… and suggestions for how to avoid them

Euston Station, part 3

As I promised in my blog Growing pains … (posted 10 Jul 2012), in this blog I will examine suggestions that have been made for avoiding the need to redevelop Euston Station on an enlarged footprint, as required by the present plans for HS2.

One possibility, employing a “double-deck” design for the new Euston Station, was suggested by HS2 Ltd and is discussed in paragraphs 6 to 16 of Annex B on pages 124 and 125 of High Speed Rail: Investing in Britain’s Future consultation document (here). Whilst HS2 Ltd accepts that this option would “have fewer community impacts”, it has ruled it out on the grounds of cost (15% to 20% more expensive), engineering complexity and risk and increased disruption for a longer time during the construction phase. HS2 Ltd also warns of the increased noise and visual intrusion that would result from “the new high level platforms and the structure carrying those lines”, which “would introduce a 23 metre high, visually intrusive structure and an elevated operational railway in a heavily built-up area”.

HS2 Ltd has, it appears, considered only one double decking arrangement; building the second deck above the normal platform level. The obvious alternative of building the second deck below the normal platform level, which would overcome the objections on the grounds of noise and visual intrusion, has been rejected by HS2 Ltd as “infeasible”, but without there being any evidence that this option has been given proper consideration. Work by the local action group indicates that this alternative is worth exploring further, but HS2 Ltd appears to have a closed mind on this issue.

Unfazed by this intransigence, the London Assembly, in its response to the public consultation, suggests that the option of “stacking” platforms should be explored further.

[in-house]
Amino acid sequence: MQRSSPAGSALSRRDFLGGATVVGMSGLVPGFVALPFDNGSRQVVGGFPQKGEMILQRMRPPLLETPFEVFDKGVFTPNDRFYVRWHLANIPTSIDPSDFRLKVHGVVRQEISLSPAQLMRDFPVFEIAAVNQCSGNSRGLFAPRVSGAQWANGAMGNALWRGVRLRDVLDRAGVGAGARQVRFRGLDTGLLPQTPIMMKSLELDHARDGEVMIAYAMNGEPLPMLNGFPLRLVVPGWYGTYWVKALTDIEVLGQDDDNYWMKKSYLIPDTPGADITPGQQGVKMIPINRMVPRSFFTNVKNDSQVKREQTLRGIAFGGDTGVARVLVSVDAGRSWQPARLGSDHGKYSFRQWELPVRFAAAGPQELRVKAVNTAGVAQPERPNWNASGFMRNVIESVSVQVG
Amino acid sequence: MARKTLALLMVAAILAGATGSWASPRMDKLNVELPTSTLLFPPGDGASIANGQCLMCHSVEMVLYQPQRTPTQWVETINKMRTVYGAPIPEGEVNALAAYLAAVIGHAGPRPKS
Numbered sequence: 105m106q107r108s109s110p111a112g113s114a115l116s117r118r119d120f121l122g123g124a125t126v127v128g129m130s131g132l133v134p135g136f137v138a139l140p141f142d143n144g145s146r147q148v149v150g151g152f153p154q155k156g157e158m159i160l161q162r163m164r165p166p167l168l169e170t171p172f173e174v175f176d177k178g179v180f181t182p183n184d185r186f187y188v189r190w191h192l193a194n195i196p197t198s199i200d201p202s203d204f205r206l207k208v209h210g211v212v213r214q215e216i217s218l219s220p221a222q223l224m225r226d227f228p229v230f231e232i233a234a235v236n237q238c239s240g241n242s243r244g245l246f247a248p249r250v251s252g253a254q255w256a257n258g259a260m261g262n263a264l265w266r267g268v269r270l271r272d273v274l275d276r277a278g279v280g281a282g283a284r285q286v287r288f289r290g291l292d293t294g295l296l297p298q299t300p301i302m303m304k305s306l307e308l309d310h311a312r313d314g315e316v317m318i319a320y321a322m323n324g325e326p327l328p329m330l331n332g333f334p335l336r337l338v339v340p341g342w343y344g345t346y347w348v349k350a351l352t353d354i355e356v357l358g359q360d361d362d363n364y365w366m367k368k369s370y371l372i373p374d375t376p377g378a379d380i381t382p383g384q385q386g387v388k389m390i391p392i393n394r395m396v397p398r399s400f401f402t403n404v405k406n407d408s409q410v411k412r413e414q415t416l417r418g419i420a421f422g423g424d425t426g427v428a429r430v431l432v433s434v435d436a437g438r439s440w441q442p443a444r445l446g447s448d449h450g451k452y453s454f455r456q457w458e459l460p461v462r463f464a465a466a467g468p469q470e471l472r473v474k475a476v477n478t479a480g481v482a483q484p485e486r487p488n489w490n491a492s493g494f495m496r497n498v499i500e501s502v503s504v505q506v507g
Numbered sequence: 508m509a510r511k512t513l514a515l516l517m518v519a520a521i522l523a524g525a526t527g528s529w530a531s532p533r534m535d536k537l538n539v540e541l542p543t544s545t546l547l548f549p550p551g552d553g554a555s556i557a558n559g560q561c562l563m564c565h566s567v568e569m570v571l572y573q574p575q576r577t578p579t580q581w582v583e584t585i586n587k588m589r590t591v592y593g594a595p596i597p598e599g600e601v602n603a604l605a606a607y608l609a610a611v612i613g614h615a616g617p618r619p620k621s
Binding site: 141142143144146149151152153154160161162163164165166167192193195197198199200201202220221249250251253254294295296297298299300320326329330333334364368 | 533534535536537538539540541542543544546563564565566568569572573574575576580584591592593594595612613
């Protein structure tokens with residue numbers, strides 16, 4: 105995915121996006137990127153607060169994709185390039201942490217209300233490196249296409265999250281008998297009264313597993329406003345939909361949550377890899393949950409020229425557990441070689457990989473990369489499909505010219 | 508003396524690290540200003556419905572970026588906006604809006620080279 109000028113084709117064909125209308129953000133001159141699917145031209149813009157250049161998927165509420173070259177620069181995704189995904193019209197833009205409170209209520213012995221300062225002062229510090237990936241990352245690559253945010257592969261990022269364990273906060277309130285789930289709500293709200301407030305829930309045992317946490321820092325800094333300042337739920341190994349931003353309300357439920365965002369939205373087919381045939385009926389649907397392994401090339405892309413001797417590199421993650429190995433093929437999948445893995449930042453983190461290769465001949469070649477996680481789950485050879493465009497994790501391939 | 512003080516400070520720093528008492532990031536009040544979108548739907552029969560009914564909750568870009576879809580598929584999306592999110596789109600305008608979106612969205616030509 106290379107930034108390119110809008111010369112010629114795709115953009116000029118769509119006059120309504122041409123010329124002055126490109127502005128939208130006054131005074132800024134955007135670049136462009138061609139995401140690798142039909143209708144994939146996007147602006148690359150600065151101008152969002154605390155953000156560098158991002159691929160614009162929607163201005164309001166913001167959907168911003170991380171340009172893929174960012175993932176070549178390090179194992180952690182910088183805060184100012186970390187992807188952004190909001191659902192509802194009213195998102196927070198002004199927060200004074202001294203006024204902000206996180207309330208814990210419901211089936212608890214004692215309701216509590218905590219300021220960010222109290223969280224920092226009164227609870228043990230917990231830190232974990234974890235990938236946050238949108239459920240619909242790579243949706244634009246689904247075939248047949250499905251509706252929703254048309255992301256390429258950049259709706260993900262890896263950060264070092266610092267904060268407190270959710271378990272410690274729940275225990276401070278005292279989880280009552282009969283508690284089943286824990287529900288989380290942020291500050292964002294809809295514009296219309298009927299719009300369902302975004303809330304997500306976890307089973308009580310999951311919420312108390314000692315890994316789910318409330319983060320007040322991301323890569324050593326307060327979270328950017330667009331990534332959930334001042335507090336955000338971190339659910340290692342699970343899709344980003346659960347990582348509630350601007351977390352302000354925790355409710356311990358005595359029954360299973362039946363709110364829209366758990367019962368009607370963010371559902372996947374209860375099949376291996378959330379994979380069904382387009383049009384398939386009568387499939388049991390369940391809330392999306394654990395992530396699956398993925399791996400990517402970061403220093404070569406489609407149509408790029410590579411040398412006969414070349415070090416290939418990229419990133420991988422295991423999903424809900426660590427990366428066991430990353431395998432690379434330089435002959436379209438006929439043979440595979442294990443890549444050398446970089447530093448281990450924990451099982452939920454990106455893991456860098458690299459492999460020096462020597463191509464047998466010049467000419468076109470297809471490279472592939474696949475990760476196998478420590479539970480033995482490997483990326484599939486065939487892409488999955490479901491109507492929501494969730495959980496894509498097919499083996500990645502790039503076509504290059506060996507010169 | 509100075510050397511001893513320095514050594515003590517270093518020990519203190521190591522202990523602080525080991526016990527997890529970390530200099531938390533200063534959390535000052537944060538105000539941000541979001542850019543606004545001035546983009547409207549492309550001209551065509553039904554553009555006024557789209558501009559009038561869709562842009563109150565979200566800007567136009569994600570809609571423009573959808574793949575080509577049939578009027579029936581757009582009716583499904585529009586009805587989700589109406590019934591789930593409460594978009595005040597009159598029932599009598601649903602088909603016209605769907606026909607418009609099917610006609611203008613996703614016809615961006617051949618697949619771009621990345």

Another option, recommended (at least as an initial solution) by Lord Mawhinney in his report High Speed Rail Access to Heathrow (here), is to make Old Oak Common the London terminus for HS2 and to rely on Crossrail for connecting journeys.

The inference is that HS2 Ltd doesn’t like this option either, judging by paragraph 3 of Annex B on page 123 of High Speed Rail: Investing in Britain’s Future:

“Most stations in outer London were also ruled out as the longer interchange and journey time for most passengers to get to and from the stations would erode much of the benefits of the high speed line.”

This is a characteristic example of HS2 Ltd dogma, presented as irrefutable truth but without a scrap of evidence to back the assertion up. In fact, analysis on journey times (excluding waiting for trains) undertaken by the local action group, shows that Crossrail will be such a speedy way of accessing ultimate destinations in London that the reverse is true for the vast majority of journeys via Old Oak Common. Examples of destinations that prove to be “closer” to Old Oak Common than Euston, as revealed by this analysis, include such popular stations as London Bridge, Charing Cross, Bank, Tottenham Court Road and Canary Wharf.

An interesting, and innovative, take on the Mawhinney recommendation that has been proposed in some quarters, including the pro-HS2 Greengauge 21 and the Campaign to Protect Rural England, is to remove existing commuter services from Euston and connect them into Crossrail instead, thus reducing the number of platforms required for the new Euston Station.

HS2 Ltd has reviewed this suggestion and reports its findings in section 7.4 on pages 63 to 65 of Review of HS2 London to West Midlands route selection and speed (here). This review sees some merit in the suggestion, but finds that “the overall footprint [of Euston Station] could only be reduced by six metres”, that this would not make “a substantial difference to the impacts of the expanded station on the local area” and “would not reduce the number of demolitions required to construct the station”.